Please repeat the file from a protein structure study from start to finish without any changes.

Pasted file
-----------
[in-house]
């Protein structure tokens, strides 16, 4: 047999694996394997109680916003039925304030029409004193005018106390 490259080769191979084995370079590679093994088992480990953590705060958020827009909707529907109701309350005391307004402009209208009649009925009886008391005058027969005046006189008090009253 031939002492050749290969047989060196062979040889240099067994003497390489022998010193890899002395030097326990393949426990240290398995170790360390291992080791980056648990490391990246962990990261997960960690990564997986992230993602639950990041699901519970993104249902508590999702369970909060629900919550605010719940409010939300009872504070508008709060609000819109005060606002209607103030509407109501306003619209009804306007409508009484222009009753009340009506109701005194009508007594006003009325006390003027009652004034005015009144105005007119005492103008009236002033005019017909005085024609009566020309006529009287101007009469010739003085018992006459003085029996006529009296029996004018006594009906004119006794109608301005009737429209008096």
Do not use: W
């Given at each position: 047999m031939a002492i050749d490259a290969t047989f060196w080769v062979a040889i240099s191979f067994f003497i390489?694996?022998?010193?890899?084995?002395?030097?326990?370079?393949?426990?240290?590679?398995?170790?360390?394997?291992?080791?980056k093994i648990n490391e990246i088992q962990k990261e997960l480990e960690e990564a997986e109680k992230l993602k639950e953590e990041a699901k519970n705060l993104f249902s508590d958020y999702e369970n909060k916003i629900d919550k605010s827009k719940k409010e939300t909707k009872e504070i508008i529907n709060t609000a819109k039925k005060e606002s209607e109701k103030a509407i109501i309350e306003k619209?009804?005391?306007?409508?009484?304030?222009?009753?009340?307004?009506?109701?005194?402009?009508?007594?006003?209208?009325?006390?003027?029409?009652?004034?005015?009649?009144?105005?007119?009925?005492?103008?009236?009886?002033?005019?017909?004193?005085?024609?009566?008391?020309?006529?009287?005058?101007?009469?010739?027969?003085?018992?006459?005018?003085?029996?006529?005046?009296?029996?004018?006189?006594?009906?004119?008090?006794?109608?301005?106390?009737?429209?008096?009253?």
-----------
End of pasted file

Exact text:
[in-house]
């Protein structure tokens, strides 16, 4: 047999694996394997109680916003039925304030029409004193005018106390 490259080769191979084995370079590679093994088992480990953590705060958020827009909707529907109701309350005391307004402009209208009649009925009886008391005058027969005046006189008090009253 031939002492050749290969047989060196062979040889240099067994003497390489022998010193890899002395030097326990393949426990240290398995170790360390291992080791980056648990490391990246962990990261997960960690990564997986992230993602639950990041699901519970993104249902508590999702369970909060629900919550605010719940409010939300009872504070508008709060609000819109005060606002209607103030509407109501306003619209009804306007409508009484222009009753009340009506109701005194009508007594006003009325006390003027009652004034005015009144105005007119005492103008009236002033005019017909005085024609009566020309006529009287101007009469010739003085018992006459003085029996006529009296029996004018006594009906004119006794109608301005009737429209008096």
Do not use: W
């Given at each position: 047999m031939a002492i050749d490259a290969t047989f060196w080769v062979a040889i240099s191979f067994f003497i390489?694996?022998?010193?890899?084995?002395?030097?326990?370079?393949?426990?240290?590679?398995?170790?360390?394997?291992?080791?980056k093994i648990n490391e990246i088992q962990k990261e997960l480990e960690e990564a997986e109680k992230l993602k639950e953590e990041a699901k519970n705060l993104f249902s508590d958020y999702e369970n909060k916003i629900d919550k605010s827009k719940k409010e939300t909707k009872e504070i508008i529907n709060t609000a819109k039925k005060e606002s209607e109701k103030a509407i109501i309350e306003k619209?009804?005391?306007?409508?009484?304030?222009?009753?009340?307004?009506?109701?005194?402009?009508?007594?006003?209208?009325?006390?003027?029409?009652?004034?005015?009649?009144?105005?007119?009925?005492?103008?009236?009886?002033?005019?017909?004193?005085?024609?009566?008391?020309?006529?009287?005058?101007?009469?010739?027969?003085?018992?006459?005018?003085?029996?006529?005046?009296?029996?004018?006189?006594?009906?004119?008090?006794?109608?301005?106390?009737?429209?008096?009253?």